A simple strategy to get APY on your capital is done by putting up stablecoins like DAI or USDT on any lending platform and start getting a return on the capital.
This is actually a common strategy on MyConstant where customers can lend their coins from 4% APY up to 7% APR and can withdraw the principal and interest anytime.
Liquidity mining and leverage can supercharge this particular strategy. For example, farmers can get rewards with extra COMP tokens for lending and borrowing on Compound. They can also borrow funds with collateral to buy more coins. But remember, this comes with risk of liquidations.
Another strategy is supplying liquidity to liquidity pools. Yield farmers can supply coins to Uniswap, Balancer or Curve and get rewarded with fees that are charged for swapping different tokens. Balancer is a good example of a protocol that rewards LP suppliers with extra BAL tokens increasing their APY.
Staking LP tokens. Some protocols encourage users further by allowing them to stake their LP tokens that represent their participation in an LP pool. For example, Synthetix, ren and curve got into a partnership where users can provide WBTC, SBTC and RENBTC into the CURVE-BTC liquidity pool and receive curve LP tokens as a reward. These tokens can be staked on synthetix MINTR where farmers can be rewarded in REN, SNX and CRV tokens.
So one—at this point—if you’re not a crypto person you might be a little confused. So I’m not going to continue with the yield farming strategies, and Two, the other reason I won’t continue is that these strategies can become obsolete rather quickly.
For example, protocols or incentives can change. A strategy that is highly profitable today, might not be profitable next week.
But I think by now I’ve given you a clear picture of what yield farming is. So now, let’s take a look at some popular DeFi platforms that yield farms are heading to with their crypto.
If you type in yield farming or DeFi into your search engine, Yearn Finance will invariably show up.
Yearn Finance is an aggregator service that uses automation to allow them to maximize profits from yield farming. Yearn can also be seen as a decentralized group of aggregators that utilize lending services such as Fulcrum, DYDX and Compound.
As a group of protocols, Yearn Finance runs on the Ethereum blockchain and allows users to optimize their earnings on crypto assets through lending and trading services.
The main idea behind the Yearn Finance is to simplify decentralized finance investments such as yield farming. Instead of opting for a decentralized lending application where you deposit into a liquidity pool, Yearn Finance receives deposits and uses customized tools to act as an aggregator for DeFi protocols and brings huge yields to cryptocurrency traders and investors.
The value you gain from yield farming is one of the key factors you need to look at when investing in a DeFi platform. As of last month, the total value locked on Yearn.Finance has surpassed 5 billion USD.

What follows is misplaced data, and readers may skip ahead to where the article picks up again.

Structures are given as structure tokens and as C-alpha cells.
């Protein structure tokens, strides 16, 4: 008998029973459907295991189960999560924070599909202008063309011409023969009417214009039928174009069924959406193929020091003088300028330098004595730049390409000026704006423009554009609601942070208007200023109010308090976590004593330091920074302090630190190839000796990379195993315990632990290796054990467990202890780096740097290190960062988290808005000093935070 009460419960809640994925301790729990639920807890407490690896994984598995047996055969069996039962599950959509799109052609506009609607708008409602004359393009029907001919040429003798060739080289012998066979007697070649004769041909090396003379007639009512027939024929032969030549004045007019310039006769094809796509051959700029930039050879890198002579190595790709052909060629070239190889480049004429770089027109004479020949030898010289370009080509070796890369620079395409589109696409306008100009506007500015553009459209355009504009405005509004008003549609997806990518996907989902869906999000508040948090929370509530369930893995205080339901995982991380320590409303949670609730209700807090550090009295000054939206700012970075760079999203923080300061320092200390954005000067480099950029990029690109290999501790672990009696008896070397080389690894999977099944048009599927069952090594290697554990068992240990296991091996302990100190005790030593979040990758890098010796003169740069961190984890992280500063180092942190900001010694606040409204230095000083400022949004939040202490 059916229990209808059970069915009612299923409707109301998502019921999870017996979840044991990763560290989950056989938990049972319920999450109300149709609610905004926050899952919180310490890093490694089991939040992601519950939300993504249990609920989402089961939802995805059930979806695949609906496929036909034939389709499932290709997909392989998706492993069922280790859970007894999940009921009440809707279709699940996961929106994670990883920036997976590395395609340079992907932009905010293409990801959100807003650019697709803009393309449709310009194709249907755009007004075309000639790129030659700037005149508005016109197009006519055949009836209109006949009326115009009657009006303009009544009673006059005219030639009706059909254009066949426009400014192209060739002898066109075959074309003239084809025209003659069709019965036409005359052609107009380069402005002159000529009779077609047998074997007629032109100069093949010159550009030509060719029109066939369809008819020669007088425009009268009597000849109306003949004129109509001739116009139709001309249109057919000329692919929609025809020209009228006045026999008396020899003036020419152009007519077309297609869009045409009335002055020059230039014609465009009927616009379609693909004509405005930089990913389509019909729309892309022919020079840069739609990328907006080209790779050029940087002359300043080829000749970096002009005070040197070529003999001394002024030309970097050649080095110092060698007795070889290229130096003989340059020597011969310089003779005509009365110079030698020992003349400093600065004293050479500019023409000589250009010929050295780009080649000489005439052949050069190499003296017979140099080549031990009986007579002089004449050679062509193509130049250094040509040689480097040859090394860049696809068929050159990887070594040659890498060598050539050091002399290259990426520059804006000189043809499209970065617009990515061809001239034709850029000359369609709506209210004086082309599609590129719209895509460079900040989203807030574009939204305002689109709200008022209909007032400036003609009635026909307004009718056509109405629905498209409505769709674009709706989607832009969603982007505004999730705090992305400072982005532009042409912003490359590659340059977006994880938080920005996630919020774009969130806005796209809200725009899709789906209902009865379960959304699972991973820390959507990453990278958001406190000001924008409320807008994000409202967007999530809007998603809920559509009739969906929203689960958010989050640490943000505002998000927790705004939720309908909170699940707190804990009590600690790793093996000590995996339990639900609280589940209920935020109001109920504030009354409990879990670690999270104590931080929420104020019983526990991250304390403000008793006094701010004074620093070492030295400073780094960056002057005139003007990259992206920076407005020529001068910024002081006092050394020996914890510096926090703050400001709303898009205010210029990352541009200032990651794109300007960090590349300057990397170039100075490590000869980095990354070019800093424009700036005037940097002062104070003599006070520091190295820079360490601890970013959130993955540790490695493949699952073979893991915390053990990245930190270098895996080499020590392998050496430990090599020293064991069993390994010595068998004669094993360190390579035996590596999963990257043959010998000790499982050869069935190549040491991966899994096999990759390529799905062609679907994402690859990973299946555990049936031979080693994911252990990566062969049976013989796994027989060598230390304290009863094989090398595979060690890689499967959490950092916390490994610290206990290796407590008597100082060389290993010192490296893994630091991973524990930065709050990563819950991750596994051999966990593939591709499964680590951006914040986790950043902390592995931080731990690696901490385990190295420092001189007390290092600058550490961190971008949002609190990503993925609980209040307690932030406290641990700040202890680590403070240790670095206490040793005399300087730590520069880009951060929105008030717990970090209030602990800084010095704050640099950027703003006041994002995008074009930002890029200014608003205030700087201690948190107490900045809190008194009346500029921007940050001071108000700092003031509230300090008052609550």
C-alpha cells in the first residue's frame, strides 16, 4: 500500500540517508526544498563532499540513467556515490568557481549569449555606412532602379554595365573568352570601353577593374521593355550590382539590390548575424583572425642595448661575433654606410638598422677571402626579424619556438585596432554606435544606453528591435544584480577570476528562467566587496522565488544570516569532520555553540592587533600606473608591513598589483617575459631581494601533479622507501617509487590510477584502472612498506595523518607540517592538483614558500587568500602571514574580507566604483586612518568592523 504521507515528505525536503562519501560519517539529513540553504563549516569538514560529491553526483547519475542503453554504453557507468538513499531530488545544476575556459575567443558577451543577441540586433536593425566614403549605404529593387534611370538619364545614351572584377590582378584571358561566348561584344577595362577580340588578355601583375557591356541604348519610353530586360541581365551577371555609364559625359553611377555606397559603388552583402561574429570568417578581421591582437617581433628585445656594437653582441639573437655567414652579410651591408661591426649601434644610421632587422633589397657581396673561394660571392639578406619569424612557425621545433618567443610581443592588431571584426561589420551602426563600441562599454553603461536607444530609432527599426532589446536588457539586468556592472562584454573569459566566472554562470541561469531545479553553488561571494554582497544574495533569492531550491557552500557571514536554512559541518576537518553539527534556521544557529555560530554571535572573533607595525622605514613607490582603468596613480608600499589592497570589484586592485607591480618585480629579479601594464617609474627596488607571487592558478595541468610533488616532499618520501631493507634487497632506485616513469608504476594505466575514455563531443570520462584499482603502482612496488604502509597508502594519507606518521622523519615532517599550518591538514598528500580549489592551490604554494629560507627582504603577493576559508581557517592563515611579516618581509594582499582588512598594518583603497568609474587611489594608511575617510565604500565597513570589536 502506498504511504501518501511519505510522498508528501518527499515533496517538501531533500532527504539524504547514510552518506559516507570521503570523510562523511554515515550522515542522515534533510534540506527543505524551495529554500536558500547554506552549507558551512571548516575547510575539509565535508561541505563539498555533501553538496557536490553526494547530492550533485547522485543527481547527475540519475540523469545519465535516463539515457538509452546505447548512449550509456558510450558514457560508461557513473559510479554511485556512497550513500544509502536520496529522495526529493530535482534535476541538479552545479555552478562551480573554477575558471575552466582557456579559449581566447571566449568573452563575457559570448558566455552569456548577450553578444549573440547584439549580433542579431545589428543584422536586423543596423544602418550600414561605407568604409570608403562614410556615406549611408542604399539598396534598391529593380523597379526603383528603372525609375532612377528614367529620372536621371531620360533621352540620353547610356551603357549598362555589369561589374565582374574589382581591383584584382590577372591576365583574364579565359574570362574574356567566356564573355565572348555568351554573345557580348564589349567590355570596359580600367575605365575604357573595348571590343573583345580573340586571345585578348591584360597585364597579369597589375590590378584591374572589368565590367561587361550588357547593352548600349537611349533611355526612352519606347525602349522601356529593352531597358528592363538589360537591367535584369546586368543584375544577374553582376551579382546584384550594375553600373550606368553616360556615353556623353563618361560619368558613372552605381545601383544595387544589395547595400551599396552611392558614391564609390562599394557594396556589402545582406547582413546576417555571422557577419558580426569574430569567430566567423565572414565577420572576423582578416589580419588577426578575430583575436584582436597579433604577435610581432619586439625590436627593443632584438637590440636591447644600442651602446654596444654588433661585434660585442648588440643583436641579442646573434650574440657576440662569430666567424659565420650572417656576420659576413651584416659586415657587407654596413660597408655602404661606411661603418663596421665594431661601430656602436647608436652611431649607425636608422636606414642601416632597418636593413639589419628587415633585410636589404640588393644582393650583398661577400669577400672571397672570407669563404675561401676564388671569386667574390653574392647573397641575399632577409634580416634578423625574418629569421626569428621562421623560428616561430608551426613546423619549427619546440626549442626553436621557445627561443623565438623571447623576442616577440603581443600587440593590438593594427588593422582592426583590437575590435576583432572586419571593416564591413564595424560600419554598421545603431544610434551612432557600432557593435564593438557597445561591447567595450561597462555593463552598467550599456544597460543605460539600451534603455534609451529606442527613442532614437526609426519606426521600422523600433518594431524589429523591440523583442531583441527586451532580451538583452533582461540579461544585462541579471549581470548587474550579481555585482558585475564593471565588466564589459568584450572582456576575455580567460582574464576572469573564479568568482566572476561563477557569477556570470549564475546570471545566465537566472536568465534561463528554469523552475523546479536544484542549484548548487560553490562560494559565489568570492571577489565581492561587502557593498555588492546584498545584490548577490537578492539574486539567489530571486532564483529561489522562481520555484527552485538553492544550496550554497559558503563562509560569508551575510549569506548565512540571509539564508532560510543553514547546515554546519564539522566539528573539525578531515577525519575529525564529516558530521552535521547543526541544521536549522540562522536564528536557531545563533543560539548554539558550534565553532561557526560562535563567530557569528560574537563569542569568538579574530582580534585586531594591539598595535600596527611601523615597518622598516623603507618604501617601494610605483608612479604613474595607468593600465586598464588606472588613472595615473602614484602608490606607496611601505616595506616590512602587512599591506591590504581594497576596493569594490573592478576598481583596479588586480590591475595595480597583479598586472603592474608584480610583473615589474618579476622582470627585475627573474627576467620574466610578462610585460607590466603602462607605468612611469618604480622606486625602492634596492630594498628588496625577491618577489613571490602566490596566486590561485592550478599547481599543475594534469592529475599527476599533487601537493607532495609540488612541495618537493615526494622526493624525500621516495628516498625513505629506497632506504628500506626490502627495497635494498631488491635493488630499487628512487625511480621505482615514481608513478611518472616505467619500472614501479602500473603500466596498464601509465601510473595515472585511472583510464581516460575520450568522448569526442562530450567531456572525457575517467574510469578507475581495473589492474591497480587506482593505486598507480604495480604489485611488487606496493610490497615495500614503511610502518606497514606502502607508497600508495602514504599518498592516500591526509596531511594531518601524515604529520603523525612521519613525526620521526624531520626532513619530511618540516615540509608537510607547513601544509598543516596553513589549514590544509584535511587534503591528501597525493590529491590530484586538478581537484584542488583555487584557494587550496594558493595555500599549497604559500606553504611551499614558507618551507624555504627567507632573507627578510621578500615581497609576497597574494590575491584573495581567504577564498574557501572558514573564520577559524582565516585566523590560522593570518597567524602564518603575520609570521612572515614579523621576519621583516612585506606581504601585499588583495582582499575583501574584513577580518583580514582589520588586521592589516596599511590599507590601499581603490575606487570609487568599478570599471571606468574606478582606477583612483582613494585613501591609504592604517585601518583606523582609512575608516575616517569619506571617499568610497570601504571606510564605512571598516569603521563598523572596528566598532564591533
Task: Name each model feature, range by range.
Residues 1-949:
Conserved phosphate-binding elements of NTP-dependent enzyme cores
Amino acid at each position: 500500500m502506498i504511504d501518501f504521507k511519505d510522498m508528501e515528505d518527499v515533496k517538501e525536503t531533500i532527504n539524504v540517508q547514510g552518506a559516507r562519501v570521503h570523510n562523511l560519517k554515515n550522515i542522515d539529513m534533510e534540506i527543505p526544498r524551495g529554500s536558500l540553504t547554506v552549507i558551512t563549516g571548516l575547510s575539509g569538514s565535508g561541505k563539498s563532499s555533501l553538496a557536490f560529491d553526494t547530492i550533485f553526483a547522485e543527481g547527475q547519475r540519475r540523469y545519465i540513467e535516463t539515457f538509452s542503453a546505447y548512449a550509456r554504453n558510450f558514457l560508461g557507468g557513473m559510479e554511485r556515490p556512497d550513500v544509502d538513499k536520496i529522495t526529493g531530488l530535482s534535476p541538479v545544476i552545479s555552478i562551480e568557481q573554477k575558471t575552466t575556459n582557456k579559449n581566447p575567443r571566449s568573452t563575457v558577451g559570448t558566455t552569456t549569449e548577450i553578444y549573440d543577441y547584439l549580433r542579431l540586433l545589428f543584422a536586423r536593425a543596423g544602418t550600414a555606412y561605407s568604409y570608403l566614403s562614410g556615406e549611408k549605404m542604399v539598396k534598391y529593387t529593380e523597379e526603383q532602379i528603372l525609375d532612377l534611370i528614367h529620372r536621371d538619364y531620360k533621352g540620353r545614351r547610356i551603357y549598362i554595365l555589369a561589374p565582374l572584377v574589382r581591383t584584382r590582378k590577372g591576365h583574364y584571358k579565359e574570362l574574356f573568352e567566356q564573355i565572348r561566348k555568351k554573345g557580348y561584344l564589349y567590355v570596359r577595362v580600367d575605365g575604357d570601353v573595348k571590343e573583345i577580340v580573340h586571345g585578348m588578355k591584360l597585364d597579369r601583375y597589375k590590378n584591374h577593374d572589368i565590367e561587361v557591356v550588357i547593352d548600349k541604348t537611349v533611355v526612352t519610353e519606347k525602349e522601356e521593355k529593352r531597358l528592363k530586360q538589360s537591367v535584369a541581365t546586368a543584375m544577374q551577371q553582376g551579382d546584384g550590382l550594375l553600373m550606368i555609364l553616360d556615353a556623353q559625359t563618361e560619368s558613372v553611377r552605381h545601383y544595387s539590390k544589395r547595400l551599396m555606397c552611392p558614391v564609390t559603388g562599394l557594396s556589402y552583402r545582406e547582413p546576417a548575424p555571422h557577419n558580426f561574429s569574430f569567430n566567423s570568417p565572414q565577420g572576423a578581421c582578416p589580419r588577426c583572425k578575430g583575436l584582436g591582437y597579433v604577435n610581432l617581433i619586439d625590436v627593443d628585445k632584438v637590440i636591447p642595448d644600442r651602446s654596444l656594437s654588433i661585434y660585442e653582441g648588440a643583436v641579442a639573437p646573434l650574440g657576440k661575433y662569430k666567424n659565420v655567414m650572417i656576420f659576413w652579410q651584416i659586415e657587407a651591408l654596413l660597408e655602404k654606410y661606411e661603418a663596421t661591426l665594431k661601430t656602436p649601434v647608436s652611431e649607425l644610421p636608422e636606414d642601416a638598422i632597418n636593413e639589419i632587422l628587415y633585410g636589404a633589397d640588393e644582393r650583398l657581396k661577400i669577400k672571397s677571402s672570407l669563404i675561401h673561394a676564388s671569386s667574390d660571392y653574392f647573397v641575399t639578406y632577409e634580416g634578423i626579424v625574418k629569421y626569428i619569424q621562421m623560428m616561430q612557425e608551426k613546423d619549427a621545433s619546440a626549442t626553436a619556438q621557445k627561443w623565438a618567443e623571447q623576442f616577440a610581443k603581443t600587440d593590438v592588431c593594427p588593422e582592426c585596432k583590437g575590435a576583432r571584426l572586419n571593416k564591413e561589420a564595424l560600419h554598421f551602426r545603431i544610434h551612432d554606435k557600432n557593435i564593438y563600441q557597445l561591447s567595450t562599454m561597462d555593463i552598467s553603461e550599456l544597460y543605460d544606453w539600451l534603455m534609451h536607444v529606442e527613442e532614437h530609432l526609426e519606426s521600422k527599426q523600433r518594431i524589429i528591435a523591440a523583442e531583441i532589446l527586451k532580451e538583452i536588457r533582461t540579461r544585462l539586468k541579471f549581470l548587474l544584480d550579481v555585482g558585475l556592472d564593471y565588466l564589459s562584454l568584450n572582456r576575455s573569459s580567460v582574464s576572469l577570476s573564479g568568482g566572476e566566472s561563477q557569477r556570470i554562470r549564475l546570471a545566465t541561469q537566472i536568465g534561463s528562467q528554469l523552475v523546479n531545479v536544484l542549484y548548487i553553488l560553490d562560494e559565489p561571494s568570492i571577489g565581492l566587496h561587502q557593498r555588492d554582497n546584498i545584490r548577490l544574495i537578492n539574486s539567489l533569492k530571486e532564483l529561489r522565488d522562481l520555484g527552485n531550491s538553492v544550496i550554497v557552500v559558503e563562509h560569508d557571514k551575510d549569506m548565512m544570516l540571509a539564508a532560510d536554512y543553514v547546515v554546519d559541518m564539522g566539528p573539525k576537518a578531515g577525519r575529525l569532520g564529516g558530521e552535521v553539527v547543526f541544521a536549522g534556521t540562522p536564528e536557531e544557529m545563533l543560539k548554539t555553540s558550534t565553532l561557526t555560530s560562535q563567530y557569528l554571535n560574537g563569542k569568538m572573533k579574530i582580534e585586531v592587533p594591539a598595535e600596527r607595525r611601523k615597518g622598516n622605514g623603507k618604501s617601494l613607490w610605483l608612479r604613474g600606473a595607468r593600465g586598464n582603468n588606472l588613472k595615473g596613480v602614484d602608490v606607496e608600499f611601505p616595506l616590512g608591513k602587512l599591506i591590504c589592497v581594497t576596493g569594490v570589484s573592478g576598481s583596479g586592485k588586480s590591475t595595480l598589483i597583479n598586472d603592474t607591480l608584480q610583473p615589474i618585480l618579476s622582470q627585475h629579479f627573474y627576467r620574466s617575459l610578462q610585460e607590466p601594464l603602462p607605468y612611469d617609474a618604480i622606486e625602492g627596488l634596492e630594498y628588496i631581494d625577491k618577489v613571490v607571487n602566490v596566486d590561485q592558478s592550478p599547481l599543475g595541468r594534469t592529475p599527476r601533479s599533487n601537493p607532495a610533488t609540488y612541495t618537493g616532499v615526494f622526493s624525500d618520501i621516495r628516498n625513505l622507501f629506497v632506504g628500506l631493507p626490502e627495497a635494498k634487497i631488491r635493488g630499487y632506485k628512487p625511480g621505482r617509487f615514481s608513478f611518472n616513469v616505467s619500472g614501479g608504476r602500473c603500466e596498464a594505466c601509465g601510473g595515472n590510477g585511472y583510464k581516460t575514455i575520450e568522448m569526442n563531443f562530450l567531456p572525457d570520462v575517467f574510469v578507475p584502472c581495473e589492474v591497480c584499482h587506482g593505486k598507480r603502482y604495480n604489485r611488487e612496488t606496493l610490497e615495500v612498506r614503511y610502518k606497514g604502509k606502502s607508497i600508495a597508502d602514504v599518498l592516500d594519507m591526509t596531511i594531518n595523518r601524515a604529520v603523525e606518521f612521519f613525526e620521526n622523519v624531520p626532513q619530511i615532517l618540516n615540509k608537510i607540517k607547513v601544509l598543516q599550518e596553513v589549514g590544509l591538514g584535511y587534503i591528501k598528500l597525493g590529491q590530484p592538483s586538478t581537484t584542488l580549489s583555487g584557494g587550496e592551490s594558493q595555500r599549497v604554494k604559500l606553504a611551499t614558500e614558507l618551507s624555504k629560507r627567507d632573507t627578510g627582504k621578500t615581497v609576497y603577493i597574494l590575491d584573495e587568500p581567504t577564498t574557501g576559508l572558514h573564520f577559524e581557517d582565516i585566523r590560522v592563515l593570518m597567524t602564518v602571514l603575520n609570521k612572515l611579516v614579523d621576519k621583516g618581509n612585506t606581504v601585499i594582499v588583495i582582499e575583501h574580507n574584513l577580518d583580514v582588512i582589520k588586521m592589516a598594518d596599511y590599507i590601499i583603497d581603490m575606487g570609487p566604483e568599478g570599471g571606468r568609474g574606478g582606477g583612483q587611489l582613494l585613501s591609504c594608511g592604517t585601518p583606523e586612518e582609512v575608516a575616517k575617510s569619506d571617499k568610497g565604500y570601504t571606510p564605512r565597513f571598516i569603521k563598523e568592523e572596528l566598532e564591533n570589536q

Yield farmers are drawn to Yearn Finance because it’s easily accessible.
Accessibility is as important as the core features of a crypto project. When a crypto project is easily accessible, it draws in liquidity, which plays into its demand and supply dynamics.
Like everything else about this project, Yearn Finance is doing very well in terms of accessibility. One can buy Yearn Finance on pretty much all the significant exchanges ranging from Binance to Kraken.
Yearn is also pretty easy to store. You can store it in any of the major hardware wallets, or online hot wallets.
Yearn Finance tokens also give holders a voice in governance. The great thing of holding a governance token is that you always have a say in the direction of the project you’re invested in. In Yearn Finance, the token is not just an asset for speculation but is also a governance token.
The more tokens you have, the more say you have in the direction of the project. At any given time, if you are among the 33% of token holders that vote for a given proposal, you can be sure that it will go through.
Now let’s look at some of the downsides of Yearn Finance.
Unlike other DeFi coins that have more of its tokens left to mine, YFI has a current circulating supply of 36,635.44 which is the same as the total and maximum supply. This means that the laws of supply and demand cannot take hold of the cryptocurrency in the short or long term.
This means that it would take increased interest from other investors who would purchase YFI tokens from other holders at relatively higher prices to move its price to new milestones. In the long term, this does not bode well for the governance token that powers the Yearn Finance protocol.
Another popular DeFi platform is Uniswap. Uniswap is a trading protocol that leverages liquidity pools to facilitate the creation of unique markets for any pair of assets and employs an automated liquidity protocol as its trading model. Uniswap can also be referred to as a decentralized exchange known for playing the role of a facilitator in automated trading or decentralized finance tokens.
One of uniswaps benefits is its large capital assets. An asset’s market capitalization is highly important in determining its stability. A large-cap asset investment is defined as the value of a cryptocurrency that has a market capitalization of $10 billion or more.
This helps growth and value investors since the digital asset is less likely to come across a business or economic circumstance which can render it extinct or force the whole project out of operations completely.
Uniswaps coin, UNI, can be found on some of the top 10 cryptocurrency exchanges worldwide. This is important since these exchanges are trusted by millions of users who buy, sell, and hold digital assets for the long term.
One downside of Uniswap is that it is considered slow by many users.
Uniswap is a ERC20 token and this means it’s one of the applications running on the Ethereum network.
By default, it falls prey to all the features of the first-mover of smart contracts. Ethereum’s network 1.0 has a major problem and is related to the use of the proof-of-work (POW) algorithm. POW protects the blockchain from hackers but fails to make transactions move faster.